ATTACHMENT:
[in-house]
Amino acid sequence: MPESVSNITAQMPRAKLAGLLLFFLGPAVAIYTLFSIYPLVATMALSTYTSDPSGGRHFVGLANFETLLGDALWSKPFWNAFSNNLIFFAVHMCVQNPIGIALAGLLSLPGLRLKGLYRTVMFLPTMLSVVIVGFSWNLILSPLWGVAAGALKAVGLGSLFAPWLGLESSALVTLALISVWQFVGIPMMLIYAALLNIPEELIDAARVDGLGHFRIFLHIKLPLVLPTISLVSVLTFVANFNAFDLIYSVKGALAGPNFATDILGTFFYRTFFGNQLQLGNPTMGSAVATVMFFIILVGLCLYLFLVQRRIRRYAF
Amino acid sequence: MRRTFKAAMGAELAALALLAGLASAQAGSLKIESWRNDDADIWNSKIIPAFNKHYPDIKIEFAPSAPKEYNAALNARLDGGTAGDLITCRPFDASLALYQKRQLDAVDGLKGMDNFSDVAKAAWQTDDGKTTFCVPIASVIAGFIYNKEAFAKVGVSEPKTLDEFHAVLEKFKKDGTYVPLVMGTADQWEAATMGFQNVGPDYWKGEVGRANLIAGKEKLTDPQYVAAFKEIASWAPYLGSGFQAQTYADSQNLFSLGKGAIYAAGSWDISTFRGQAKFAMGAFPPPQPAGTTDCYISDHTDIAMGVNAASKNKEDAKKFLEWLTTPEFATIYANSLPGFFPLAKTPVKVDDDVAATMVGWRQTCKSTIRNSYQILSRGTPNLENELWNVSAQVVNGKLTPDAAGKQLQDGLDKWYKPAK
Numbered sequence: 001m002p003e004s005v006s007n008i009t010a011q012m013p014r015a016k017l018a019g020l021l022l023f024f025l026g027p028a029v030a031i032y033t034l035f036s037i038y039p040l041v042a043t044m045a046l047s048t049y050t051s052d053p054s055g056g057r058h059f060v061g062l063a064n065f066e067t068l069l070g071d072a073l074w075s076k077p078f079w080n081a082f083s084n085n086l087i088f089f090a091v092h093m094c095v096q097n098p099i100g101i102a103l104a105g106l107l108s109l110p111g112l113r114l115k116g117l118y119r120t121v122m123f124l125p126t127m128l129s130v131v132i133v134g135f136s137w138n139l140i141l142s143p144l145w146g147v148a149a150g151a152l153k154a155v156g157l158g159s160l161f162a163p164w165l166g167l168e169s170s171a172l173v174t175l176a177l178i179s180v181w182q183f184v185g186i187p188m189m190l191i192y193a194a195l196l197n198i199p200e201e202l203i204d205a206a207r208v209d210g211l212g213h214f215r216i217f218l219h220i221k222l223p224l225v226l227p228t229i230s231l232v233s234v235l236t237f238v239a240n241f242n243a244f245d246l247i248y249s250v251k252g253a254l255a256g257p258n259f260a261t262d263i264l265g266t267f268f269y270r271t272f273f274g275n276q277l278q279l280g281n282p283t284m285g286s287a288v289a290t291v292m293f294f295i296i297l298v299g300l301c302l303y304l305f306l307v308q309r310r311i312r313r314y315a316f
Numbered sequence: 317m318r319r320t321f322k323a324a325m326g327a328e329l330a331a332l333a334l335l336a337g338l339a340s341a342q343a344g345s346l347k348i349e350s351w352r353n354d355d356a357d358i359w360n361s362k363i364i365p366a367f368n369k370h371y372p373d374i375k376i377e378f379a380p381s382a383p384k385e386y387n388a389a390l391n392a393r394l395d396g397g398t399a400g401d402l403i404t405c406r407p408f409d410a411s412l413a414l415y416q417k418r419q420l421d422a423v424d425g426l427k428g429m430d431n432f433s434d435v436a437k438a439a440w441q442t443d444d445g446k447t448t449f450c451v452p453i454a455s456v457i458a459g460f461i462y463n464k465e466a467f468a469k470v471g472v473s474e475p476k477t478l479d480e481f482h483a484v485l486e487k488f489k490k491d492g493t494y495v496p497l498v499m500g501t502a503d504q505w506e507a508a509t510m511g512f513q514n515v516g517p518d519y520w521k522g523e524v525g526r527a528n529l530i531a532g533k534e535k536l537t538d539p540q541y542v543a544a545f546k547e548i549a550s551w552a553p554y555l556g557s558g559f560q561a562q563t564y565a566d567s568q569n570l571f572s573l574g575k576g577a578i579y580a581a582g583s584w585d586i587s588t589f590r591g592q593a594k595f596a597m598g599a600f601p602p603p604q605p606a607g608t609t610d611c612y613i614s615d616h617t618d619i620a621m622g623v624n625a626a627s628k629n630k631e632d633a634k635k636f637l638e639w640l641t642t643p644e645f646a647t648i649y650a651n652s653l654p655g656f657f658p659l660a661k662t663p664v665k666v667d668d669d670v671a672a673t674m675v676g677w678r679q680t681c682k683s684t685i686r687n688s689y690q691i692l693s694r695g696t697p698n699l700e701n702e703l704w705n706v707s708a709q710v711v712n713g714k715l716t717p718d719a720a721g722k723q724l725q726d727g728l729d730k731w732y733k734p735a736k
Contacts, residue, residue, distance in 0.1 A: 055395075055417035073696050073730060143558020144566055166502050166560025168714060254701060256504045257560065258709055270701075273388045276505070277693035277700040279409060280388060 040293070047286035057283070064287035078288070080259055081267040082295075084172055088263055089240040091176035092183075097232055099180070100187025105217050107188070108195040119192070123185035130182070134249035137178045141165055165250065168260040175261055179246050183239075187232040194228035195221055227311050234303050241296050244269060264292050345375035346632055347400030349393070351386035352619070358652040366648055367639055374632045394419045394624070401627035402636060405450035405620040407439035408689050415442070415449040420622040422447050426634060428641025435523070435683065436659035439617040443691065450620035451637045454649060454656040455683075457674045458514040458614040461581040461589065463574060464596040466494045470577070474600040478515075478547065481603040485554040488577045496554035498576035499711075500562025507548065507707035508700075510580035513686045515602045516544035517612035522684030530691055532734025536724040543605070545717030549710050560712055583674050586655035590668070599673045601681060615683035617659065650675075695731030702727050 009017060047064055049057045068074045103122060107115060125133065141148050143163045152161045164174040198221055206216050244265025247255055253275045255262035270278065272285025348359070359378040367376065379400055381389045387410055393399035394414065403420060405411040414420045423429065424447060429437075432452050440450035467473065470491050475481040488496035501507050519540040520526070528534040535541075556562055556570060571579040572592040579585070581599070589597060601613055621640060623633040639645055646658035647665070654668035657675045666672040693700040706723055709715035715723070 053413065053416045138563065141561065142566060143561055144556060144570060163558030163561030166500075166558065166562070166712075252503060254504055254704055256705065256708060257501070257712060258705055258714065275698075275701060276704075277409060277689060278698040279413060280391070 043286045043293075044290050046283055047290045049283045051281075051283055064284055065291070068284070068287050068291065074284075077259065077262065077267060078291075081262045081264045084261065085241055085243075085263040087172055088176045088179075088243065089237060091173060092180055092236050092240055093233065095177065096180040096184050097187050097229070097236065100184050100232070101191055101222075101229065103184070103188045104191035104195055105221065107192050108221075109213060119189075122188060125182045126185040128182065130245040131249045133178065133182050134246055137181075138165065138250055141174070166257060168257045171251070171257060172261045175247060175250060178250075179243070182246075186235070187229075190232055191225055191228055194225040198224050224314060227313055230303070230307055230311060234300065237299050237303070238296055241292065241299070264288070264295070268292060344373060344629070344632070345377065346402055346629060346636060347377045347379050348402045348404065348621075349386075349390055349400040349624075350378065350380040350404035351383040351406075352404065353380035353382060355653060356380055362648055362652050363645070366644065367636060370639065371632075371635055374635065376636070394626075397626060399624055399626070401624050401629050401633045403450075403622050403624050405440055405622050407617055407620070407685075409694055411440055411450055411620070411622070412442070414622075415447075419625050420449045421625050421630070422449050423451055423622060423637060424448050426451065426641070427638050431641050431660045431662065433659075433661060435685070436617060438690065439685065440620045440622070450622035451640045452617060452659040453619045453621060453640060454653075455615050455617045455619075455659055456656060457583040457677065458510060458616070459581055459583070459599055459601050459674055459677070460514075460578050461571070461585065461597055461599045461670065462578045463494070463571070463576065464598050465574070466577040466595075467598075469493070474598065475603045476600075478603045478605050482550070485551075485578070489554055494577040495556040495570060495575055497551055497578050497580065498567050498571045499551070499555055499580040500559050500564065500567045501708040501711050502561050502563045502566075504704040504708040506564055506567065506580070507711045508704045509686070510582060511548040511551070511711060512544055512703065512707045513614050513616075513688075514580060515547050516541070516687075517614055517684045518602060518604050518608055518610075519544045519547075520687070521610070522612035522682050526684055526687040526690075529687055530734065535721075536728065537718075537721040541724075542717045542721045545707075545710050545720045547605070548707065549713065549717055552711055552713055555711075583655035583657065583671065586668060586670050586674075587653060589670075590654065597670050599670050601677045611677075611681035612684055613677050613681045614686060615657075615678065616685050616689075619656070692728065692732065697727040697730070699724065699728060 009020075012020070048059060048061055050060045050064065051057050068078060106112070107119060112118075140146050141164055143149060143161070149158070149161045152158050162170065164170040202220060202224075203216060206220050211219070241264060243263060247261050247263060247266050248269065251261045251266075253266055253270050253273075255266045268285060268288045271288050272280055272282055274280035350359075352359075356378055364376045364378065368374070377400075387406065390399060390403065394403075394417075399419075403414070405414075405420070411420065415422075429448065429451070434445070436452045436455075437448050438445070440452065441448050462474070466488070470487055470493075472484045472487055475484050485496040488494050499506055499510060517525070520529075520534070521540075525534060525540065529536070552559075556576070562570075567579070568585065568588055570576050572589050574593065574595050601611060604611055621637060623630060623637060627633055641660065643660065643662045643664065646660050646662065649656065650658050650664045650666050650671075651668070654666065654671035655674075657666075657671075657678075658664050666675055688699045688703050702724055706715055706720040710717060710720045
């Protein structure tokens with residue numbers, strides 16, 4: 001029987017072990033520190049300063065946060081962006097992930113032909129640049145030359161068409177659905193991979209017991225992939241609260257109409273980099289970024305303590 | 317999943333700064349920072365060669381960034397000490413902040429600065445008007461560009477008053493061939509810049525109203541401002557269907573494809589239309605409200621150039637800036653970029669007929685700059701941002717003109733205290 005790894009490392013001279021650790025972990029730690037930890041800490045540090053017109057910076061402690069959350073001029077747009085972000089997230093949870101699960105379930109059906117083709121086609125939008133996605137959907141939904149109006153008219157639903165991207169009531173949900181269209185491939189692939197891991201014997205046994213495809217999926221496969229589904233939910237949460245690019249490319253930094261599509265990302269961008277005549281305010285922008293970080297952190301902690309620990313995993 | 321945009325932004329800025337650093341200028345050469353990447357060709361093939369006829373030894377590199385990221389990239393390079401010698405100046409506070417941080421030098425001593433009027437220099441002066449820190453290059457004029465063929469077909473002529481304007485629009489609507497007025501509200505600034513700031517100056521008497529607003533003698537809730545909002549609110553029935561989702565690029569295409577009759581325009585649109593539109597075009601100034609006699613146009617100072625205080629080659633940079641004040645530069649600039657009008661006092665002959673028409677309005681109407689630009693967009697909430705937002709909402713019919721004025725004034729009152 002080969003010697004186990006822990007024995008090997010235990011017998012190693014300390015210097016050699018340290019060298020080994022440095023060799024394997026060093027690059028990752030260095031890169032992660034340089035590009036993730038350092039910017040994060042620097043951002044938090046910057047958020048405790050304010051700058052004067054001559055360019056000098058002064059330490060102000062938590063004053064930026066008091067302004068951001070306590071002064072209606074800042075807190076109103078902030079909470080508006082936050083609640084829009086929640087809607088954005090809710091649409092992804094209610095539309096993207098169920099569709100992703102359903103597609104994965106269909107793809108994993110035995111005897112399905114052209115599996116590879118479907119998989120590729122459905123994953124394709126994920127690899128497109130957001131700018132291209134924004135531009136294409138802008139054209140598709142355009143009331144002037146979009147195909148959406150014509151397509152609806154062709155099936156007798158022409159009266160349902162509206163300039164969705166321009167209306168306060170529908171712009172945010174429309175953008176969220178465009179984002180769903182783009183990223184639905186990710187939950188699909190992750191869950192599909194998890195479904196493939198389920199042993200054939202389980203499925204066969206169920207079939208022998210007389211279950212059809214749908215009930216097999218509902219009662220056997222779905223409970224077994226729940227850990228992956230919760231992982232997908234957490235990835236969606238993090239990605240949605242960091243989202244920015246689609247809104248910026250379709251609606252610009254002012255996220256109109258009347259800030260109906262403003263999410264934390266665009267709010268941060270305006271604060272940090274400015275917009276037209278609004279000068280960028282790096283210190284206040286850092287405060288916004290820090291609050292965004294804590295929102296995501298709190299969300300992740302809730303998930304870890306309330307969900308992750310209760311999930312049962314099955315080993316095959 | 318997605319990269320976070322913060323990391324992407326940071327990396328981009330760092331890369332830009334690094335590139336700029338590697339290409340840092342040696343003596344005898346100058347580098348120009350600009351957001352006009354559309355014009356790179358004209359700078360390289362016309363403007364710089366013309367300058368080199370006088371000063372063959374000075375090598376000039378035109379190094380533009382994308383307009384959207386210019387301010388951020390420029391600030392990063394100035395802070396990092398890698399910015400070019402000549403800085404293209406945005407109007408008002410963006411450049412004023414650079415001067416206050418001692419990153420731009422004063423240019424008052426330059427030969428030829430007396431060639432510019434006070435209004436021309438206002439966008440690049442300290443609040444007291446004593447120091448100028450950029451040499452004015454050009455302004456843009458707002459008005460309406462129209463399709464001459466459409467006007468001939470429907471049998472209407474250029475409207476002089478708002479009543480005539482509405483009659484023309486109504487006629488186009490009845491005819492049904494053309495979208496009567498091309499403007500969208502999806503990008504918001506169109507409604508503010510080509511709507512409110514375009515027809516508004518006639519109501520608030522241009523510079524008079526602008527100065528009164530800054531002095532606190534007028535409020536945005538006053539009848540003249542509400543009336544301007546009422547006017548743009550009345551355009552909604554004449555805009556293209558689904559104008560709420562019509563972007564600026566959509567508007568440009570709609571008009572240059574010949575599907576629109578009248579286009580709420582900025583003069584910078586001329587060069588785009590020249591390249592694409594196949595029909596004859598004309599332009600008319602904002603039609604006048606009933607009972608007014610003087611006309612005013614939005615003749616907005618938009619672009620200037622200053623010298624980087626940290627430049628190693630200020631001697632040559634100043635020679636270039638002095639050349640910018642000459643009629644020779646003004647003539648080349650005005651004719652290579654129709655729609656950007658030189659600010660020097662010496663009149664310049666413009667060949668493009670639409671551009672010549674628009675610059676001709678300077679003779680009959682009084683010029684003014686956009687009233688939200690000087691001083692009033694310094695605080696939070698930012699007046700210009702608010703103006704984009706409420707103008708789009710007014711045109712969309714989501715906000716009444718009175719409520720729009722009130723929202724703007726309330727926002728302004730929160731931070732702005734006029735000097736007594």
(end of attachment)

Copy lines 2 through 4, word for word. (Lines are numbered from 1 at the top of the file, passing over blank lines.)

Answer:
Amino acid sequence: MPESVSNITAQMPRAKLAGLLLFFLGPAVAIYTLFSIYPLVATMALSTYTSDPSGGRHFVGLANFETLLGDALWSKPFWNAFSNNLIFFAVHMCVQNPIGIALAGLLSLPGLRLKGLYRTVMFLPTMLSVVIVGFSWNLILSPLWGVAAGALKAVGLGSLFAPWLGLESSALVTLALISVWQFVGIPMMLIYAALLNIPEELIDAARVDGLGHFRIFLHIKLPLVLPTISLVSVLTFVANFNAFDLIYSVKGALAGPNFATDILGTFFYRTFFGNQLQLGNPTMGSAVATVMFFIILVGLCLYLFLVQRRIRRYAF
Amino acid sequence: MRRTFKAAMGAELAALALLAGLASAQAGSLKIESWRNDDADIWNSKIIPAFNKHYPDIKIEFAPSAPKEYNAALNARLDGGTAGDLITCRPFDASLALYQKRQLDAVDGLKGMDNFSDVAKAAWQTDDGKTTFCVPIASVIAGFIYNKEAFAKVGVSEPKTLDEFHAVLEKFKKDGTYVPLVMGTADQWEAATMGFQNVGPDYWKGEVGRANLIAGKEKLTDPQYVAAFKEIASWAPYLGSGFQAQTYADSQNLFSLGKGAIYAAGSWDISTFRGQAKFAMGAFPPPQPAGTTDCYISDHTDIAMGVNAASKNKEDAKKFLEWLTTPEFATIYANSLPGFFPLAKTPVKVDDDVAATMVGWRQTCKSTIRNSYQILSRGTPNLENELWNVSAQVVNGKLTPDAAGKQLQDGLDKWYKPAK
Numbered sequence: 001m002p003e004s005v006s007n008i009t010a011q012m013p014r015a016k017l018a019g020l021l022l023f024f025l026g027p028a029v030a031i032y033t034l035f036s037i038y039p040l041v042a043t044m045a046l047s048t049y050t051s052d053p054s055g056g057r058h059f060v061g062l063a064n065f066e067t068l069l070g071d072a073l074w075s076k077p078f079w080n081a082f083s084n085n086l087i088f089f090a091v092h093m094c095v096q097n098p099i100g101i102a103l104a105g106l107l108s109l110p111g112l113r114l115k116g117l118y119r120t121v122m123f124l125p126t127m128l129s130v131v132i133v134g135f136s137w138n139l140i141l142s143p144l145w146g147v148a149a150g151a152l153k154a155v156g157l158g159s160l161f162a163p164w165l166g167l168e169s170s171a172l173v174t175l176a177l178i179s180v181w182q183f184v185g186i187p188m189m190l191i192y193a194a195l196l197n198i199p200e201e202l203i204d205a206a207r208v209d210g211l212g213h214f215r216i217f218l219h220i221k222l223p224l225v226l227p228t229i230s231l232v233s234v235l236t237f238v239a240n241f242n243a244f245d246l247i248y249s250v251k252g253a254l255a256g257p258n259f260a261t262d263i264l265g266t267f268f269y270r271t272f273f274g275n276q277l278q279l280g281n282p283t284m285g286s287a288v289a290t291v292m293f294f295i296i297l298v299g300l301c302l303y304l305f306l307v308q309r310r311i312r313r314y315a316f